Since there is debate about these things, many people shy away from prayer, and certainly the prayer of meditation, as simply too dangerous. One person told me that they don’t meditate because they are afraid to do it wrong and open themselves to all sorts of dangerous spirituality! If your mind is stayed on Jesus in some little way, you are quite safe, I think. If you talk about what you do with a person you can see is on the journey with Jesus, that will make you even safer. The wonder of the practice is worth facing the dangers. The Bible calls us into the silent lands where we are known by and know God. Our hearts yearn so much for the peace of that land, some of us would even try letting a yoga instructor guide us there.

[It so happens that here in Philly a road show about the Jesus prayer is coming to Frankford and Norris on Tuesday, October 11 at 7pm. You might want to check it out — link to a site for the organization coming to town]

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About Rod White

Pastor for Circle of Hope. Graduate of Fuller Seminary, PhD in MFT from Eastern University.
This entry was posted in 1 Spiritual Discipline and tagged , , , . Bookmark the permalink.

7 Responses to Yoga, Christian Meditation and the Debate about Our Souls

  1. Pingback: So, Mr. Perry, Are the Mormons Christians? | Rod's Blog

  2. Mary Ward-Bucher says:

    Lots of good points to consider, Rod. Thank you for bringing them up. Please allow the following reflections…

    First, here’s another helpful essay, written by John Shreveland. It is a thoughtful look into the current Christian dilemma over yoga in the USA:
    http://christiancentury.org/article/2011-05/yoga-religious

    One notable point by the author :
    “On this matter one must tread lightly, for it is no coincidence that a [Hindu American Foundation] statement of concern points to the “discrimination and hate” Hindus face because of their religious identity, as well as to the embarrassment they suffer from exotic caricatures of the tradition in terms of ‘caste, cows and curry.'”

    As Christian peacemakers, we need to be very cognizant about how our speech may influence or reflect racial/ethnic prejudice that has been demonstrably linked to violence . See, for example, this recent incident in NJ: http://www.nj.com/messenger-gazette/index.ssf/2011/10/raritan_hindu_temple_graffiti_case_gets_another_reward_boost.html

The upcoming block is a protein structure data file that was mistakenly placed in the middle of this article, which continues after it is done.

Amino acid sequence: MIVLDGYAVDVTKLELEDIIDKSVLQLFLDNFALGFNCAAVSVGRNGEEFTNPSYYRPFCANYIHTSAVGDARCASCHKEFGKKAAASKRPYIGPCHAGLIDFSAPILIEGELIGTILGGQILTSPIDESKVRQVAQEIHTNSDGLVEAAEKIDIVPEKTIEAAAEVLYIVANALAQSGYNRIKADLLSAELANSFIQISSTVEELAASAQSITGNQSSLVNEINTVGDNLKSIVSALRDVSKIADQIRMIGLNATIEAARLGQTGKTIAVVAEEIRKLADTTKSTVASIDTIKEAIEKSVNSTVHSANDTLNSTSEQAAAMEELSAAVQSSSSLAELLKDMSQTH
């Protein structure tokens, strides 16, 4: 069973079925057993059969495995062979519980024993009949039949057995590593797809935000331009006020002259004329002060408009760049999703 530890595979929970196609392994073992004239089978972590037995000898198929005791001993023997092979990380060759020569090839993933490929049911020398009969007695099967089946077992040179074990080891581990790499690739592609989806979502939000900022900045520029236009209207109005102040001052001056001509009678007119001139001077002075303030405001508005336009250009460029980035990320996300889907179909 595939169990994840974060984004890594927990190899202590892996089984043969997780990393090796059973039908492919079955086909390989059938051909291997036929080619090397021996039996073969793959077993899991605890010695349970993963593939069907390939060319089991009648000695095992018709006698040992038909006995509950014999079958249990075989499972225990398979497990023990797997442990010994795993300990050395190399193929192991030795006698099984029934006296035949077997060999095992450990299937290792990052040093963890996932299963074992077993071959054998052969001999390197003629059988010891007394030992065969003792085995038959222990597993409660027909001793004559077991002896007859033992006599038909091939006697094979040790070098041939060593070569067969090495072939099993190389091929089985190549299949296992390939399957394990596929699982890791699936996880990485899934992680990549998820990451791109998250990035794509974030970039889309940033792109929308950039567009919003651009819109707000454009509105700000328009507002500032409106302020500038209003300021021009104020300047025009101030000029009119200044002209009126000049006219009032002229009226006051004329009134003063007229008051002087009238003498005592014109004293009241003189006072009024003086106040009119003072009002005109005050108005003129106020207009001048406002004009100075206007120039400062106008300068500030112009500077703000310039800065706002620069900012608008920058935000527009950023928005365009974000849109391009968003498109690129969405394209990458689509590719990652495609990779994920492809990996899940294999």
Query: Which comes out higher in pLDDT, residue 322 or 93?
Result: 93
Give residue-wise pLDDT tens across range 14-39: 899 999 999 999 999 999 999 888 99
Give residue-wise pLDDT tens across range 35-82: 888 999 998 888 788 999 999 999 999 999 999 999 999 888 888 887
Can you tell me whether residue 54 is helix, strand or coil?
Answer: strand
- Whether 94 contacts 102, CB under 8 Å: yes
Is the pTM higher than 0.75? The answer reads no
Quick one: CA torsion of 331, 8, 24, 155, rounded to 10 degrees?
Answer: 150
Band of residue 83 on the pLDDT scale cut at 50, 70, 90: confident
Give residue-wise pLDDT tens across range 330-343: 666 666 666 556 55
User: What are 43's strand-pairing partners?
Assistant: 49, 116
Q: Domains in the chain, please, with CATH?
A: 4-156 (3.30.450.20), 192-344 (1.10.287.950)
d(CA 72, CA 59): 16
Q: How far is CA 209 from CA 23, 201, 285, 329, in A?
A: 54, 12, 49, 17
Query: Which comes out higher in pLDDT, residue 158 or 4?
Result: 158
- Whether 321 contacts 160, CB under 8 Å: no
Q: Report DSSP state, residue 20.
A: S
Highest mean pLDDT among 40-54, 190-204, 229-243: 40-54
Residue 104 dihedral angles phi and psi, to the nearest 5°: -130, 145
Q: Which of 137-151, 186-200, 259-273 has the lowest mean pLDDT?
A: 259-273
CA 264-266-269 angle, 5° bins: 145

It’s also helpful to understand that, as Shreveland notes, colonialism here and elsewhere has influenced how we approach our Hindu neighbors. (Even the label “Hindu” is now considered by many people to be a product of colonialism, despite the fact that many people have accepted the term for self-identification.) Additionally, we in the USA live in an era of extreme suspicion toward “outsiders” (as seen in immigration debates, new walls, new laws and the like). This isn’t simply a shuttered-away, academic concern. It has to do with how we talk about and treat people. We don’t have to agree 100% with everything our neighbors are doing, but I think it is better to think of people as people (with thoughts, feelings, families) rather than as an invasive species or a threat. To be able to do this most effectively, it helps to know someone who considers him/herself a Hindu. That relationship will complicate matters in good way, I think.

    Overall, I think that addressing concerns about yoga is really complicated anyway. One place that we might look for some help is the ancient church in India itself. For example, how have these Christians (albeit imperfectly like the rest of us) understood their faith, their meditation practices compared to their “Hindu” neighbors? But, maybe it would be better just to talk to someone here who is well-versed in the history and practice of Westernized yoga. The struggles Christians have had with deciding what to accommodate or reject from different religious cultures is nothing new. On that theme, Shreveland suggests that it is fully possible to engage in respectful conversation with the “other” without sacrificing one’s identity in Christ. It’s very messy and fraught with danger (not the kind we might initially suspect, either), but very necessary to the health of the Church, I think. And, better, we might even make a friend or two in the process.

    This is starting to get a little long, so I’ll end it here, but I wonder what other people think about this?

  3. Jeremy Avellino says:

    “The Bible calls us into the silent lands where we are known and know God.”

    this especially spoke to me 2day.

  4. Art says:

    Please pray for my daughter’s 1st grade teacher Ms. Coppertino, she is a yoga instructor and she really hurt her back badly trying out a move recently.

  5. Joseph Rogers says:

    I think the problem maybe that the majority of Christian Churches have little in the way of a personal practice. The Buddha folks do offer a practice that allows a person to calm down and be centered. Now we just need to move the center from folks navel to Christ.

  6. Nate says:

    In some books, I’ve come across a new age form of meditation that is based in Hindu practice and is about raising the soul to “higher levels of consciousness,” but it calls the first next level of consciousness the “Christ consciousness.” Presumably, the purveyors of this philosophy are attempting to create a unified religion that incorporates all mystic practices into one. But the end result is to say, we are all children of God, therefore, just like Christ is God, we are all God. It is different from the “mutual gazing” you are talking about. How do we gaze at ourselves?

    As crazy as this new age philosophy sounds, I think it is very appealling to Christians (and “post-Christians”) of the hypermodern culture we live in, where our sense of truth is based entirely on personal experience and purpose is found solely in individualistic expression. It’s easy to fall in the trap of seeking our own personal “Christ consciousness” that has little to do with the God of Truth outside of ourselves.

  7. Joseph Rogers says:

    I love the Jesus Prayer it is a great way to get out of my funk.